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Donald Rumsfeld's Bible Verses

Defense Dept. briefing cover sheet during Rumsfeld era. Credit: CQ.com

Defense Dept. briefing cover sheet during Rumsfeld era. CQ.com hide caption

itoggle caption CQ.com

It was widely known that many members of the Bush Administration wore religion on their sleeves. But it was likely news to many that they actually stamped religion onto official Pentagon documents.

Author Robert Draper has a piece in GQ Magazine in which he reports that under Defense Secretary Donald Rumsfeld, classified intelligence briefings for President George Bush contained cover sheets with color photographs from the war front over which were superimposed Biblical passages.

Draper, who wrote the entertaining "Dead Certain", a peek inside the Bush White House written with Bush's approval, says Rumsfeld allowed the cover sheets in order to curry favor with the born-again president. He also reports that the use of Old and New Testament verses was somewhat controversial within the Pentagon.

Draper describes one cover sheet and the questions the briefings raised in the Pentagon:

The briefing's cover sheet generally featured triumphant, color images from the previous days' war efforts: On this particular morning, it showed the statue of Saddam Hussein being pulled down in Firdos Square, a grateful Iraqi child kissing an American soldier, and jubilant crowds thronging the streets of newly liberated Baghdad. And above these images, and just below the headline secretary of defense, was a quote that may have raised some eyebrows. It came from the Bible, from the book of Psalms: "Behold, the eye of the Lord is on those who fear Him...To deliver their soul from death..."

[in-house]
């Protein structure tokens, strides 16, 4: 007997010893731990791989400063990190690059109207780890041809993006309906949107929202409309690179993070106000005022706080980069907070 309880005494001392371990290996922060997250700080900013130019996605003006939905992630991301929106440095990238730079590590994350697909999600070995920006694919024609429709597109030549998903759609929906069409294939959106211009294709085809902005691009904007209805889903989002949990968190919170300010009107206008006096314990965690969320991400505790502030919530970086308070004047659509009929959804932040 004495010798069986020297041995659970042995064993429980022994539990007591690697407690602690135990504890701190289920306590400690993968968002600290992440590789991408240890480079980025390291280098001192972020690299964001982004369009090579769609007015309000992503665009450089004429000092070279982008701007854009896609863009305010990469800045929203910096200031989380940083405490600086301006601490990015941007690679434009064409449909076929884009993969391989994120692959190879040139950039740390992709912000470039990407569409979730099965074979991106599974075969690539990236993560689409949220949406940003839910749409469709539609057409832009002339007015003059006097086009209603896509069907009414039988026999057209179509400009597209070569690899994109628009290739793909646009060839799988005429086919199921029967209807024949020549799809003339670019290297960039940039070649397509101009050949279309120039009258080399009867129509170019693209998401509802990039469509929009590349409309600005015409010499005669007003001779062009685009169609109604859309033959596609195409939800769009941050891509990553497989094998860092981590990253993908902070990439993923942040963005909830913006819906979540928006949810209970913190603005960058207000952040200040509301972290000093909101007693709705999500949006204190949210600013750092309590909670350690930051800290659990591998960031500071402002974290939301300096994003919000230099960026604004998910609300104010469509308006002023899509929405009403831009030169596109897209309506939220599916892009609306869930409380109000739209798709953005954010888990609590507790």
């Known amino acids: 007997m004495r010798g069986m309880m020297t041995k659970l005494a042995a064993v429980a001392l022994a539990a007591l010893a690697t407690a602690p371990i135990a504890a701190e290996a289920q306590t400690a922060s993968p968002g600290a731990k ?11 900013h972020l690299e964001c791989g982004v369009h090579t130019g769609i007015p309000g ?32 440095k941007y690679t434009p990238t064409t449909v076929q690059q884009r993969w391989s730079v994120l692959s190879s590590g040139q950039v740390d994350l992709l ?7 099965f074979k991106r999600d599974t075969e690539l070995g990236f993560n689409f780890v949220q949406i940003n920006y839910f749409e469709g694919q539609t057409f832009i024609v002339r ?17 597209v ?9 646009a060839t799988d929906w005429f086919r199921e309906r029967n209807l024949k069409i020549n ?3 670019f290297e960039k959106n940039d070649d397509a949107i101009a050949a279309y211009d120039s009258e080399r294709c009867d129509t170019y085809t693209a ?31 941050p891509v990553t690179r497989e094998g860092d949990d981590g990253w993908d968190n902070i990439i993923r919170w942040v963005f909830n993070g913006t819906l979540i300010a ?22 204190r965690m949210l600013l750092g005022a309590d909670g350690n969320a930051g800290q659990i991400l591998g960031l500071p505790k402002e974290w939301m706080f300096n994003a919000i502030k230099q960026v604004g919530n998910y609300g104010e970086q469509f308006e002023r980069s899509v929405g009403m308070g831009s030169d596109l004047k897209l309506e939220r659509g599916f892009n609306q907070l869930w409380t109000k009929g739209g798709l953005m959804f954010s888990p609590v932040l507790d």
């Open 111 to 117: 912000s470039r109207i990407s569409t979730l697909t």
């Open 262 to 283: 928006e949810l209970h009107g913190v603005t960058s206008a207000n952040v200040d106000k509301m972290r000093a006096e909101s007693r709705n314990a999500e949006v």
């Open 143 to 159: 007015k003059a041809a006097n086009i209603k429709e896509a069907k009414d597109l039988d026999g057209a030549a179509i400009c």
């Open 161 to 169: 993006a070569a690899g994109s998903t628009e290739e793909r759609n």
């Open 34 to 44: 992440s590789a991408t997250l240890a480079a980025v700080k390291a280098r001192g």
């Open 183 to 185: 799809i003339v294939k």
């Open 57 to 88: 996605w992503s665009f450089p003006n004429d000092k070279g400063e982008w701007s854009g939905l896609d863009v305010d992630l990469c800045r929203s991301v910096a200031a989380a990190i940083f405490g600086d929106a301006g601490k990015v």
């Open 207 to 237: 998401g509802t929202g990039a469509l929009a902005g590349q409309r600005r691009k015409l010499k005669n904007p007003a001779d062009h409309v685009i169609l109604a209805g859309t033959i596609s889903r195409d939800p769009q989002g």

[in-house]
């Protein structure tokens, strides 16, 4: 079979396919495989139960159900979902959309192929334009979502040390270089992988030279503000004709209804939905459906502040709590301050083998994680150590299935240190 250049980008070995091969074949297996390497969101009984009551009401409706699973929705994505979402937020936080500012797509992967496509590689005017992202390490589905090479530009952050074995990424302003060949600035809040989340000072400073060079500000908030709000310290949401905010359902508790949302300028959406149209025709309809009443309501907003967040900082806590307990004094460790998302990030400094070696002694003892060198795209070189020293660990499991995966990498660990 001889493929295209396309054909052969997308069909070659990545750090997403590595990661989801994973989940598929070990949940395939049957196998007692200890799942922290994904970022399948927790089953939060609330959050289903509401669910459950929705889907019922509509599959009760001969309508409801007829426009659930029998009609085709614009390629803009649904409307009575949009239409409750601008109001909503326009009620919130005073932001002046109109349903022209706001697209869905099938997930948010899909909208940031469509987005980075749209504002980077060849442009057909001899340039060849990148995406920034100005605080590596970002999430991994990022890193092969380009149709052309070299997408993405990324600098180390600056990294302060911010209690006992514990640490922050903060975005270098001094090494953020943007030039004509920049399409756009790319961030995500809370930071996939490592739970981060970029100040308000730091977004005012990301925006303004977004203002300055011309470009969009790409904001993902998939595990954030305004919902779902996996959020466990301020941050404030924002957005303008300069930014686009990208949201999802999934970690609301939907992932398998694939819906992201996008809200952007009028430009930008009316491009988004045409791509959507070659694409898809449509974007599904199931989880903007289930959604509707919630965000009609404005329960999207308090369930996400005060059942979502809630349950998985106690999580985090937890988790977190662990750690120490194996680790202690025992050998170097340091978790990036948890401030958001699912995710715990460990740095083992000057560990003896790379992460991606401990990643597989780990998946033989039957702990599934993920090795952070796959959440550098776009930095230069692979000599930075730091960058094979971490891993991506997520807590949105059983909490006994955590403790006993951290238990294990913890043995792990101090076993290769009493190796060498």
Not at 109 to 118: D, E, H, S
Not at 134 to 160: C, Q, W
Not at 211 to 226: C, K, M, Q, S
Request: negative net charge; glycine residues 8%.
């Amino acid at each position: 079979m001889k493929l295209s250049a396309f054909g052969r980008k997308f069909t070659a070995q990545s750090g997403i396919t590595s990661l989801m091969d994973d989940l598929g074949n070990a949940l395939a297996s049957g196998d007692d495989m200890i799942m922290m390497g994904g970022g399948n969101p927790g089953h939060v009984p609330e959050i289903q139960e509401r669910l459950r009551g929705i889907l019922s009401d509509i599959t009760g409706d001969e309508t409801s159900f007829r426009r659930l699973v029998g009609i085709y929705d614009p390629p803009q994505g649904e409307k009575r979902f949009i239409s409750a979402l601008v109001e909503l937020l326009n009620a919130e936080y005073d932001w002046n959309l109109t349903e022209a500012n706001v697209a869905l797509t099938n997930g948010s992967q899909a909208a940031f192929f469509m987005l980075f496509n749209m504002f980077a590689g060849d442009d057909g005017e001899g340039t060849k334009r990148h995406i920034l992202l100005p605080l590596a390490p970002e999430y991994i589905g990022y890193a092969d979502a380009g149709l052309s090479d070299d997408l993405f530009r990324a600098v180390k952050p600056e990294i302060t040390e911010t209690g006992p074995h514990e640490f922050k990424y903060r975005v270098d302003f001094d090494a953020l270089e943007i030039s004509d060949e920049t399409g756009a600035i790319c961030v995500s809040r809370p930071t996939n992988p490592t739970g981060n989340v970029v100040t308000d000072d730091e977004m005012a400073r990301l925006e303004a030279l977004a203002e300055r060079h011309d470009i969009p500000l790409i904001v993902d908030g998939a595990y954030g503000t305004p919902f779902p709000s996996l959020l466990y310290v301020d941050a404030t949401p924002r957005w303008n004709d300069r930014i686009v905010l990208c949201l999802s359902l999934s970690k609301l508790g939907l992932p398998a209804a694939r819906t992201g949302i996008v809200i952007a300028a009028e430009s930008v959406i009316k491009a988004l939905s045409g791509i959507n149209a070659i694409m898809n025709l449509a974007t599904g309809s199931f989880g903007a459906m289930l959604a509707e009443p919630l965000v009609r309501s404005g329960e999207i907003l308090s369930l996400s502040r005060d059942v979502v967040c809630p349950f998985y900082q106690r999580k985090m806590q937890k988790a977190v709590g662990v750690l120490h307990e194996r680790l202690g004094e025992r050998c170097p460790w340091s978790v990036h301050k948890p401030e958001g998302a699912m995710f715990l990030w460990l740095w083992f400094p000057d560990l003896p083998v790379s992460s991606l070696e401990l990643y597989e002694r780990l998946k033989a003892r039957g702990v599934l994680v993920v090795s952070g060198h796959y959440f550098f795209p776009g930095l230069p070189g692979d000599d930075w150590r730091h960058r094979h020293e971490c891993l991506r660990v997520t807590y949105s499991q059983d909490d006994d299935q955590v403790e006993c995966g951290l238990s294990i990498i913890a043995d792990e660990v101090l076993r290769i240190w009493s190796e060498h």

... These cover sheets were the brainchild of Major General Glen Shaffer, a director for intelligence serving both the Joint Chiefs of Staff and the secretary of defense. In the days before the Iraq war, Shaffer's staff had created humorous covers in an attempt to alleviate the stress of preparing for battle. Then, as the body counting began, Shaffer, a Christian, deemed the biblical passages more suitable. Several others in the Pentagon disagreed. At least one Muslim analyst in the building had been greatly offended; others privately worried that if these covers were leaked during a war conducted in an Islamic nation, the fallout—as one Pentagon staffer would later say—"would be as bad as Abu Ghraib."

Given how Rumsfeld's tenure eventually played out, he might have wanted to keep another Bible verse in mind — Proverbs 16:18:

Pride goeth before destruction, and an haughty spirit before a fall.

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